Walter Lowrie Memorial
Monday, Sept. 20 marked the first event at the University of Puget Sound of the “Walter Lowrie Speakers’ Series.” The opening lecture of the series was held in the Murray Boardroom and was given by author Diana Butler Bass, writer of A People’s History of Christianity. Bass led a discussion based on the themes of her book and the idea of “useable history.” Bass also shared a chapter of her book with the audience.
The lecture series is based on a partnership between the Immanuel Presbyterian Church in Tacoma and Puget Sound. It was created in honor of the late Professor Emeritus of History Walter Lowrie. Lowrie graduated from Puget Sound in 1958 and taught at the school for 44 years before retiring in 2004. Lowrie was incredibly active on campus, serving as the director of the humanities program for 15 years, the chair of the history department and not only did he chair the Faculty Senate but was also on the committee that created it. Lowrie passed away on May 14, 2010 from a struggle with pancreatic cancer.
This lecture series was launched “to recognize the intersection of rigorous intellectual inquiry and a life of faith that Prof. Lowrie found in and between” the Immanuel Presbyterian Church and Puget Sound, said University Chaplain and Director of Spirituality, Service and Social Justice Dave Wright.
The series is endowed and funded by the Immanuel Presbyterian Church and the main events of the series will take place at the Church. Some events will feature a lecture at Puget Sound as well as a central presentation at the Church. Wright notes that the series is “a unique partnership for our campus, but one that really honors Prof. Lowrie’s life and interests very well.”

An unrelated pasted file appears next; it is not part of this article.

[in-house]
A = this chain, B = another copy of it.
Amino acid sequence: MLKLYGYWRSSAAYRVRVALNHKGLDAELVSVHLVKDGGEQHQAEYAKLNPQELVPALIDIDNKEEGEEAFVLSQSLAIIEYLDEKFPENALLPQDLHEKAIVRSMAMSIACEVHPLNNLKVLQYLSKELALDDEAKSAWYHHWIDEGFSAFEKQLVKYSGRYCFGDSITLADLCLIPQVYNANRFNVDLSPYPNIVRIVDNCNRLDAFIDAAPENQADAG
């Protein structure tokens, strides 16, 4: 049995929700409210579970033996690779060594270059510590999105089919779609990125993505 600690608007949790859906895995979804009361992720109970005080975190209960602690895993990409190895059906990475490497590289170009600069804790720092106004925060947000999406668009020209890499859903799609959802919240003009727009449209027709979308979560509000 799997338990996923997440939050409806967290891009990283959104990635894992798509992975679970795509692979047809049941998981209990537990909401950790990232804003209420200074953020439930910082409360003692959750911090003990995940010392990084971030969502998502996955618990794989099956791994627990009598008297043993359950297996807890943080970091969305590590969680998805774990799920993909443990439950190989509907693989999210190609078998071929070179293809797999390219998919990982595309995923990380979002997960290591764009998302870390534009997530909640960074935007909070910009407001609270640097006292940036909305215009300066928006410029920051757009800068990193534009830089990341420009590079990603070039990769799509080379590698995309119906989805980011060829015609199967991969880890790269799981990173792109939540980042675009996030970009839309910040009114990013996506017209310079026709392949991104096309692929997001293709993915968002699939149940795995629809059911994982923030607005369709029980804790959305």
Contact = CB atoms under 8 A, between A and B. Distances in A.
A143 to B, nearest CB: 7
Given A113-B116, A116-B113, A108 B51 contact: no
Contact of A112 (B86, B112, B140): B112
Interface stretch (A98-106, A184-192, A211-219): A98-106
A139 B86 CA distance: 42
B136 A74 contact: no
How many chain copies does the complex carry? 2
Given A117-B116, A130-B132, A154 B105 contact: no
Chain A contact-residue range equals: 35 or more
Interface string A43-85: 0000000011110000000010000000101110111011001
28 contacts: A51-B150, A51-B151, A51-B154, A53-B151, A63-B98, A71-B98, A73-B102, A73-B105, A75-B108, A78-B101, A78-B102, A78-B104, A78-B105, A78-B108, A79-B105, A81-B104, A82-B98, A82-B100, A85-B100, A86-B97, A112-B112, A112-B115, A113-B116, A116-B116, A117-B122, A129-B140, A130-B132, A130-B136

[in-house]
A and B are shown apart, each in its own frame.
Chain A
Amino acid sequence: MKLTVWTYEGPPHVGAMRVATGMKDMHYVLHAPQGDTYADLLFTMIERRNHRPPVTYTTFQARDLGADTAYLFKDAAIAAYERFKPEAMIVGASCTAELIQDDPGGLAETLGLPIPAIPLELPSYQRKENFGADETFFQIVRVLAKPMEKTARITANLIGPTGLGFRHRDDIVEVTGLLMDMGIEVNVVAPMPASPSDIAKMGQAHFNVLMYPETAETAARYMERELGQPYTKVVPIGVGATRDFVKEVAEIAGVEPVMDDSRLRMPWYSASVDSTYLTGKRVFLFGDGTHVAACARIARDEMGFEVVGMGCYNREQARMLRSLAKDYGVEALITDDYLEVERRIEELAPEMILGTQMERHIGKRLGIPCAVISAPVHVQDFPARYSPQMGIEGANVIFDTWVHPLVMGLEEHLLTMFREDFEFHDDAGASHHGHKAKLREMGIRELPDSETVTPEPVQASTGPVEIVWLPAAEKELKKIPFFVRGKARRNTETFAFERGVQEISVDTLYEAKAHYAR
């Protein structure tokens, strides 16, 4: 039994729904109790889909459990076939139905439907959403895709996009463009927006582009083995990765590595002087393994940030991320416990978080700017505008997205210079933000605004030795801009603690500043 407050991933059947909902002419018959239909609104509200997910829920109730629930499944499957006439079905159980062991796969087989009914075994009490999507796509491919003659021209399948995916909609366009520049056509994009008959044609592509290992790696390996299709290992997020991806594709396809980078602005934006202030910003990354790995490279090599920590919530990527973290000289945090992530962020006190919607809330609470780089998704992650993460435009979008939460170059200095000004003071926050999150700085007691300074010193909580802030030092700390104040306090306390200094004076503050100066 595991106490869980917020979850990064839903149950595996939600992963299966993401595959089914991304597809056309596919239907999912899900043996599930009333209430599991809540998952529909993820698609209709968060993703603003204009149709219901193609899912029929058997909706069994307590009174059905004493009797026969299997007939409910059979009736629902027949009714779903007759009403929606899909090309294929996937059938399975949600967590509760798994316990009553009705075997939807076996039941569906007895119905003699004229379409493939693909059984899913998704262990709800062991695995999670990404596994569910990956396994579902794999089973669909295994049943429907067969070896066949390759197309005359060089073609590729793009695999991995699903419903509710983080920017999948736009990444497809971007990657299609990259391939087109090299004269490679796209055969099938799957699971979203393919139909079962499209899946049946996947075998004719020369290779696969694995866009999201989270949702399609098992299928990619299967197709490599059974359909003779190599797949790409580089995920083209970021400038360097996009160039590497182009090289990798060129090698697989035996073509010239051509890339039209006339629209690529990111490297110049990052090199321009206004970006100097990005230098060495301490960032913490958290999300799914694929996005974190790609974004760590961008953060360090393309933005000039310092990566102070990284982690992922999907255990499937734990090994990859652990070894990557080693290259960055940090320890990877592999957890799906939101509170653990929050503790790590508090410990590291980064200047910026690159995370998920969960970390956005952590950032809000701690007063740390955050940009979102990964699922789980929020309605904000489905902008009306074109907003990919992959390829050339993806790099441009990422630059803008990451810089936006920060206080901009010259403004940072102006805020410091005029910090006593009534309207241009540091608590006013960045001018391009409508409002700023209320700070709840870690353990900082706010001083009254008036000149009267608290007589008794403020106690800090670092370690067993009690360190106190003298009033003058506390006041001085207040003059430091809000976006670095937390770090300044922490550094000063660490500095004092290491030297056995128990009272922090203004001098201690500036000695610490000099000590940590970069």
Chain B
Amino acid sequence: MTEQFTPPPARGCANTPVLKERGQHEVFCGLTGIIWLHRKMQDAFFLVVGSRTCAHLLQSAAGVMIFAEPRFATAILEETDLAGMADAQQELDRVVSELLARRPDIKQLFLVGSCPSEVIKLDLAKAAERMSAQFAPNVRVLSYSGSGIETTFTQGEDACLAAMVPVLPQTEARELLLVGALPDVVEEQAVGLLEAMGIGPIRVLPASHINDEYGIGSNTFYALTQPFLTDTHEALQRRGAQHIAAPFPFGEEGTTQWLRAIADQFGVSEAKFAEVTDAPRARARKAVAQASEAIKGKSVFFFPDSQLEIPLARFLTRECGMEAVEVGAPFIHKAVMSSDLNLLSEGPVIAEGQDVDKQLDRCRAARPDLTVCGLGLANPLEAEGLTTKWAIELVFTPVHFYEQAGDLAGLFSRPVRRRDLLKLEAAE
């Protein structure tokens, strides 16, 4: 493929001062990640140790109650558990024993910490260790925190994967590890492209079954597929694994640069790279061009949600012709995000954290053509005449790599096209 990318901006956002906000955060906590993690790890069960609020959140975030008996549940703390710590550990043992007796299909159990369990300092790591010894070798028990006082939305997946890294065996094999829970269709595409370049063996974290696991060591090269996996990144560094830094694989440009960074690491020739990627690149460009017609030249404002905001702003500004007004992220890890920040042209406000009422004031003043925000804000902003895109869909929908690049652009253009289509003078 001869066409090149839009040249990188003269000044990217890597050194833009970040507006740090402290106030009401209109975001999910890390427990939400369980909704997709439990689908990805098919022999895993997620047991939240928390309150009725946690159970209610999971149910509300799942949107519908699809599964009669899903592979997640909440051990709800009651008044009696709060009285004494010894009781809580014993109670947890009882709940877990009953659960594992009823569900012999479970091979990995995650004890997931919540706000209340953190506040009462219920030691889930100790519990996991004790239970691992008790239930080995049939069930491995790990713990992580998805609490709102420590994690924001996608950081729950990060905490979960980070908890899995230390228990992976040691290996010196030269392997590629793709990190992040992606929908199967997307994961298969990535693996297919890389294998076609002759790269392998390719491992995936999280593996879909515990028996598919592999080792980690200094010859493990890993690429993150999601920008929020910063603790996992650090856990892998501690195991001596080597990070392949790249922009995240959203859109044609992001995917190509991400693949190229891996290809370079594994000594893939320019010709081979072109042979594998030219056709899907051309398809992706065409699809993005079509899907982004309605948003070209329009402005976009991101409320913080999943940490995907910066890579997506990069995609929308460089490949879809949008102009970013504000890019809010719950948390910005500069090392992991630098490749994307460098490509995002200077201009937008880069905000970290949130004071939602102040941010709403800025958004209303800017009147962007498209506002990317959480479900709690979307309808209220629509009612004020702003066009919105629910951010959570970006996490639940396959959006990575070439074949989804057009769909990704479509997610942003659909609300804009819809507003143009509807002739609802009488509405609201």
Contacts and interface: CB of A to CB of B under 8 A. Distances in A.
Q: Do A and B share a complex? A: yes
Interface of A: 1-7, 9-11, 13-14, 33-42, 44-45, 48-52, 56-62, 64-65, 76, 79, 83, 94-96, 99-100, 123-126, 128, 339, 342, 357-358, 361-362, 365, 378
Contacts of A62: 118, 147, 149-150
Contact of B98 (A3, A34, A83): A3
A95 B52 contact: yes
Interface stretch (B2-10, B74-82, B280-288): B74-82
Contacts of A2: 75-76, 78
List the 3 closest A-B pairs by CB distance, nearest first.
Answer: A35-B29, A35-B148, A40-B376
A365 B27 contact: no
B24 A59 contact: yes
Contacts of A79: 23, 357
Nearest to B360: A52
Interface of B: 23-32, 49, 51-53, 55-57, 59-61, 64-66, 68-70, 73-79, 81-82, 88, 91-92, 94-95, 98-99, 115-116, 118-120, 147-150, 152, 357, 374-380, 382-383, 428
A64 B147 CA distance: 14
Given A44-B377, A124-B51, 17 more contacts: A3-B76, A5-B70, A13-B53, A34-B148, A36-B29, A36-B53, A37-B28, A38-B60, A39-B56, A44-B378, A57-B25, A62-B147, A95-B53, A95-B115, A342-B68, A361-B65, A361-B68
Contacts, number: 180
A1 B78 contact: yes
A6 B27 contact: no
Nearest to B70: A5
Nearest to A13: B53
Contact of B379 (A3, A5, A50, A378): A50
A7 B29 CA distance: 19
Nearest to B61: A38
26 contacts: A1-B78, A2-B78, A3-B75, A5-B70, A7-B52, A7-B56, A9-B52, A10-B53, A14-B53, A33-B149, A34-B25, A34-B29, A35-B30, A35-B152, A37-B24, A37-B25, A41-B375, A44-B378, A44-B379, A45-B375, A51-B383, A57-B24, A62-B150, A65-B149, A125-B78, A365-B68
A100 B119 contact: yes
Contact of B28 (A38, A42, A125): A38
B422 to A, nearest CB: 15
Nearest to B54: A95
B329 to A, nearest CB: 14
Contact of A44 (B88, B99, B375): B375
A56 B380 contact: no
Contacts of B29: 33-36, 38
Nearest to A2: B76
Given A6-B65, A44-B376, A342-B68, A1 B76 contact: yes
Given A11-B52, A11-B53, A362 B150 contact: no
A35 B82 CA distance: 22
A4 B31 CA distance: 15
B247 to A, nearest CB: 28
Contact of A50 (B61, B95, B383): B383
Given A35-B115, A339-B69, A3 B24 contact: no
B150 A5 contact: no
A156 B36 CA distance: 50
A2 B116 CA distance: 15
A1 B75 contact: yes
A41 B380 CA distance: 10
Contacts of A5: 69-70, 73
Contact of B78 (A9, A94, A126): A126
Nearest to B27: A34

The next lecture in the series will take place on Nov. 30 and will feature the “Three Interfaith Amigos” from Seattle. The group consists of Rabbi Ted Falcon, Sheikh Jamal Rahman and Pastor Don Mackenzie, and the men advocate interfaith cooperation. This event will take place at the Immanuel Presbyterian Church. The next event in partnership with Puget Sound will occur second semester and will feature J. Phillip Newell, a central figure at the Iona Community in Scotland and a world leader in Celtic spirituality and Christianity.
So while Lowrie is no longer with us at Puget Sound, he is still being remembered on campus. Professor William Breitenbach stated that Lowrie’s “marvelous teaching [is] honored by the speaker series that bears his name. Those of us who admired him are delighted that his legacy lives on at the college he loved.”